Von Bomhard says company has mastered the financial climate so far

Munich Re says it has controlled its risk exposure well despite the worst financial crisis. Munich Re's bottom-line result dropped to €1.5bn (previous year: €3.9bn). In a difficult capital market environment, Munich Re says it will continue to focus on sustaining its earnings capacity based on a strong capitalisation.

Nikolaus von Bomhard, chairman of the Board of Management: "The financial year 2008 confronted companies with huge challenges – and not only in the financial sector. We have mastered the crisis comparatively well so far. We are continually adjusting the risk profile of our business portfolio to take account of the difficult environment, thus safeguarding our solid capital base and enabling us to continue implementing our strategy systematically in the individual fields of business. We remain guardedly optimistic."

With a view to the envisaged target of €18 earnings per share for 2010, von Bomhard said: "The focus is on securing sustained profitable development rather than on short-term maximisation of profits. Interest rates for low-risk investments are at a historically low level. We would not be acting in the interests of our shareholders if we tried to compensate for low returns with higher risk tolerance." Therefore, and in the light of the developments of the past year, the target of €18 earnings per share that Munich Re set itself for 2010 before the beginning of the capital market crisis is no longer realistic. Munich Re continues to adhere to the target of a 15% return on risk-adjusted capital (RORAC) over the cycle.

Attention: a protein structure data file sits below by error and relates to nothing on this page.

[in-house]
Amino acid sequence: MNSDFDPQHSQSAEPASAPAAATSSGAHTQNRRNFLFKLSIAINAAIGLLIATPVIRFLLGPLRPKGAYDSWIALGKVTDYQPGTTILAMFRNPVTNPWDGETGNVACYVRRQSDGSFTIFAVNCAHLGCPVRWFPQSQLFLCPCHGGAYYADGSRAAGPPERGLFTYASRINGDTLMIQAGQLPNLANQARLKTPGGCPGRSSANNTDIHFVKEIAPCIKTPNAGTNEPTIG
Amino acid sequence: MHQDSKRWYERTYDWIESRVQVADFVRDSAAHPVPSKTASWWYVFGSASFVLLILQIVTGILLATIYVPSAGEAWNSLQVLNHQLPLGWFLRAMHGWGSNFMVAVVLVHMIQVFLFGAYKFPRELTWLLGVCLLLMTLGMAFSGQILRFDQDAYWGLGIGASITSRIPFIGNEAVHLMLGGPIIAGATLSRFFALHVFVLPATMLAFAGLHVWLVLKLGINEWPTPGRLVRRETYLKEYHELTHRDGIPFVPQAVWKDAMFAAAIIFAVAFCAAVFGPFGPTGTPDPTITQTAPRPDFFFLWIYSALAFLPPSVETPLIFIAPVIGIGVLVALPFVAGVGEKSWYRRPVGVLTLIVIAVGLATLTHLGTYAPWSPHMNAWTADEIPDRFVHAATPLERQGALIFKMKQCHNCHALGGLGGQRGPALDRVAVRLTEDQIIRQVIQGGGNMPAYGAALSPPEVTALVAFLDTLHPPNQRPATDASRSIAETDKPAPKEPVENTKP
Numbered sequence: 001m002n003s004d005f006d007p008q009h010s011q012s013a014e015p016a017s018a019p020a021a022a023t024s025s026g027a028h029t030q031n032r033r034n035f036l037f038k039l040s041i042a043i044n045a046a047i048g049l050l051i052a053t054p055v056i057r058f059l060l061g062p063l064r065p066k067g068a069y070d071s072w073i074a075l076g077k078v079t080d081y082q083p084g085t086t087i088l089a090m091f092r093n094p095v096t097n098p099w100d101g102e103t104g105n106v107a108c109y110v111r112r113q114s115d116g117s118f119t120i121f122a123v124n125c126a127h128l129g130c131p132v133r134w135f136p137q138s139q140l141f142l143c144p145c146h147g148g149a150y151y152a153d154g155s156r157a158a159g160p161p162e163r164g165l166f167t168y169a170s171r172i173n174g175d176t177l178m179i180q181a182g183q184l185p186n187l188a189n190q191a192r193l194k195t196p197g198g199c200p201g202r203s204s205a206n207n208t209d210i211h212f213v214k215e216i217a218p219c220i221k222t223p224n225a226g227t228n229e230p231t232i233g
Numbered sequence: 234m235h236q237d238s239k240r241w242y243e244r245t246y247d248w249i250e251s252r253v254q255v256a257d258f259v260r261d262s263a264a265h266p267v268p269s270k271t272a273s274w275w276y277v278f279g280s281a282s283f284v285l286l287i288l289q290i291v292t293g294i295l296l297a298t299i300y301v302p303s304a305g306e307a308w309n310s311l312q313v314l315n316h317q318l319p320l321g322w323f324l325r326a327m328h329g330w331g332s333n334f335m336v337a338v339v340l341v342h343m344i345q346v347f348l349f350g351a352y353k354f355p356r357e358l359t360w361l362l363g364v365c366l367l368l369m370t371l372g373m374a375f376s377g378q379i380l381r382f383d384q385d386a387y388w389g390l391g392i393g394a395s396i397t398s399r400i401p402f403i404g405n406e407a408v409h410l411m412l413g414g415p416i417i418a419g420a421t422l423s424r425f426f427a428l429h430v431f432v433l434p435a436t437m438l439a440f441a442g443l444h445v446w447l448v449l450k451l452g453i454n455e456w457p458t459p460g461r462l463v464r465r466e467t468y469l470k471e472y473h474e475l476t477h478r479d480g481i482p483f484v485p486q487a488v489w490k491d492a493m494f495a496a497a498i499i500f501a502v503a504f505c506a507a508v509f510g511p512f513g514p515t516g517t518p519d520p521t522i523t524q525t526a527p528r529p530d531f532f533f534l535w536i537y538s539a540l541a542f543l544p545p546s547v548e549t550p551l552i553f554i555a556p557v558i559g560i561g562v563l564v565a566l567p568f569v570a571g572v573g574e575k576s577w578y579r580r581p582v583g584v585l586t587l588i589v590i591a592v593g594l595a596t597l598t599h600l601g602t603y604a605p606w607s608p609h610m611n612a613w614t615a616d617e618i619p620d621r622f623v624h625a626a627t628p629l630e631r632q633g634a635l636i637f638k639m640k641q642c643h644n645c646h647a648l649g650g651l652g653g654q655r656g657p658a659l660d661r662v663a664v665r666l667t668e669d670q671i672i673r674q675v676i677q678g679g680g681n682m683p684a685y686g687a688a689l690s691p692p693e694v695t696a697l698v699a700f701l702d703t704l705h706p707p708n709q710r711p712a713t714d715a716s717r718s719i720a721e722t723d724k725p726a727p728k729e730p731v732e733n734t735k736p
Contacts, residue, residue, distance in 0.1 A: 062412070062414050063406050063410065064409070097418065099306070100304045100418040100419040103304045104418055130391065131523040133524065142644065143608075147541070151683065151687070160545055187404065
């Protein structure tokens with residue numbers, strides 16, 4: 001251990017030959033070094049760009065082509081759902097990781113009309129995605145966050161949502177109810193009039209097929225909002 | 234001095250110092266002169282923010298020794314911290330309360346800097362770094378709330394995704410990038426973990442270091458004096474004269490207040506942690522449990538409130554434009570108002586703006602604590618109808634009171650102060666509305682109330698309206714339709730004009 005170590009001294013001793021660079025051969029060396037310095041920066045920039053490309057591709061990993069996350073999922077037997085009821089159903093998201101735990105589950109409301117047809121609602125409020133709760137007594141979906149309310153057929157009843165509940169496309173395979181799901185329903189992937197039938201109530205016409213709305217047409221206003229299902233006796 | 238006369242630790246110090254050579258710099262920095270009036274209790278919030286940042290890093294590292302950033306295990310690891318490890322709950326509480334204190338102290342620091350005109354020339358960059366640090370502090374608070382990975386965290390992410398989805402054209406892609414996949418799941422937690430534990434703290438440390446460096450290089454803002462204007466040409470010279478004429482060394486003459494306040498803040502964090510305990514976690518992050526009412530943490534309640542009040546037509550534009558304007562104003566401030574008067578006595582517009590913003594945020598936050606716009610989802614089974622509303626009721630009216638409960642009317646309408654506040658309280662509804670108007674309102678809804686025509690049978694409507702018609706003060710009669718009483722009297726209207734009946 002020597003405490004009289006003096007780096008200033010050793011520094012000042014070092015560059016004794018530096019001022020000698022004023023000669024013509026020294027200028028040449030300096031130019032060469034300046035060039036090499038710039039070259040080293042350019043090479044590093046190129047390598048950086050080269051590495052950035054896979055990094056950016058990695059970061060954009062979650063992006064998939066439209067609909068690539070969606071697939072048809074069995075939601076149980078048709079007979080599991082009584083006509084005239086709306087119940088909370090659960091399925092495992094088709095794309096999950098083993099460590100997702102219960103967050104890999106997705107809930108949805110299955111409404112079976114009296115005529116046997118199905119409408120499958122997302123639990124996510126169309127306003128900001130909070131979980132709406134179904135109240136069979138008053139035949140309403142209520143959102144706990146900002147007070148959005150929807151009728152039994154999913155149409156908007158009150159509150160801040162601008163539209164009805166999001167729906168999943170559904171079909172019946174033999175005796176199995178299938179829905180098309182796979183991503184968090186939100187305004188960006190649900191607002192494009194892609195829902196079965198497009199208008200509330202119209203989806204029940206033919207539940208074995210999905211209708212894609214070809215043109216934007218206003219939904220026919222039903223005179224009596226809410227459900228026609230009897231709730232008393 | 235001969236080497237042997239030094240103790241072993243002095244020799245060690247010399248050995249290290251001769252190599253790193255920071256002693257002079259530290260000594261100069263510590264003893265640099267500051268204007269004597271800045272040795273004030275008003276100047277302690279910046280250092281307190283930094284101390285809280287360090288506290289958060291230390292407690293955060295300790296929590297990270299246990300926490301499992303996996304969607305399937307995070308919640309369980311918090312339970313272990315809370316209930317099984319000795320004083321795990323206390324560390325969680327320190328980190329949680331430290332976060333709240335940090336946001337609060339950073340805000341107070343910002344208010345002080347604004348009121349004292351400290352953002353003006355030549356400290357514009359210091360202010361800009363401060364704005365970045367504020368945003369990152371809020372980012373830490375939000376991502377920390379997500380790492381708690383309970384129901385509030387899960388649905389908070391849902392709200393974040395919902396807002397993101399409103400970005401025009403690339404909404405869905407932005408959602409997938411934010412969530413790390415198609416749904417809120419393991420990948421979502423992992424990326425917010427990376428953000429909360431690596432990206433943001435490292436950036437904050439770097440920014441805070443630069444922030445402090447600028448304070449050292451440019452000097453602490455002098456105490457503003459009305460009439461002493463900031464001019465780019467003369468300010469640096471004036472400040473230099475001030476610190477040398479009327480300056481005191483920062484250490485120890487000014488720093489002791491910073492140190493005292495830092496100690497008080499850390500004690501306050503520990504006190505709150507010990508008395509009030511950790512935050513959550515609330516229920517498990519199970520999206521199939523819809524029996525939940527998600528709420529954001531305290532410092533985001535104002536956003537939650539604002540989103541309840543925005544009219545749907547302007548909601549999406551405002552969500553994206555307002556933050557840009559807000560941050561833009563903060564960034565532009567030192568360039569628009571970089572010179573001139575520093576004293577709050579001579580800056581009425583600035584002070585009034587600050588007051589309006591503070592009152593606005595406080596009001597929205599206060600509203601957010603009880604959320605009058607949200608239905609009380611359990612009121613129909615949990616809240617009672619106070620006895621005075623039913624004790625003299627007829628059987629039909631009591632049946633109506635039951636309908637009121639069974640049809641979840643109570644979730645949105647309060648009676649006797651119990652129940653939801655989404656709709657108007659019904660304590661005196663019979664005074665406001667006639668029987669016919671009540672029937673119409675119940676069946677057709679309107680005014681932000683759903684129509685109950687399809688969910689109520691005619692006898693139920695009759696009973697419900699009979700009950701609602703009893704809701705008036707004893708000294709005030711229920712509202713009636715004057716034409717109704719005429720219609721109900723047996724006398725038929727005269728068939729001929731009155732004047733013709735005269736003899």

Von Bomhard added: "With our Changing Gear programme, we have launched a raft of initiatives to expand our business further in the last two years. This includes the acquisition of the US specialist insurer Hartford Steam Boiler. Munich Re is in good financial shape and, from this position of relative strength, can exploit opportunities in the market." At the same time, Munich Re has followed up on its announcements regarding capital management: since the start of Changing Gear in May 2007, a total of €3bn has been paid out for share buy-backs and €2bn in dividends (subject to approval of the dividend for the financial year 2008 by the Supervisory Board and the Annual General Meeting). "We are thus one of the few companies that can maintain an attractive dividend in these turbulent times", said von Bomhard.

Torsten Jeworrek, member of Munich Re’s Board of Management, had the following to say on business development in reinsurance: "Our expertise in risk assessment and risk management is now more important than ever. As a result, there are opportunities for profitable business even in the recession." Jeworrek stressed at the same time that Munich Re would reduce its business in reinsurance segments and regions that were particularly exposed to the recession. Examples he cited were D&O and professional liability. "We are basically proceeding on the assumption that the hardening of the market that began with the January renewals will continue", said Jeworrek. "We will now be able to profit especially from our capital strength and our good competitive position, and will be an even more attractive partner for our clients."

With reference to the financial market crisis, ERGO CEO Torsten Oletzky said: "The fact that we have come through the crisis reasonably well so far in primary insurance is mainly thanks to our very good underwriting. With a combined ratio of 90.7% in property-casualty insurance, we are not only well within our long-term target but are once again in the top group among our competitors. We currently see opportunities for life insurance products with guarantees, whose attractiveness grows in uncertain times."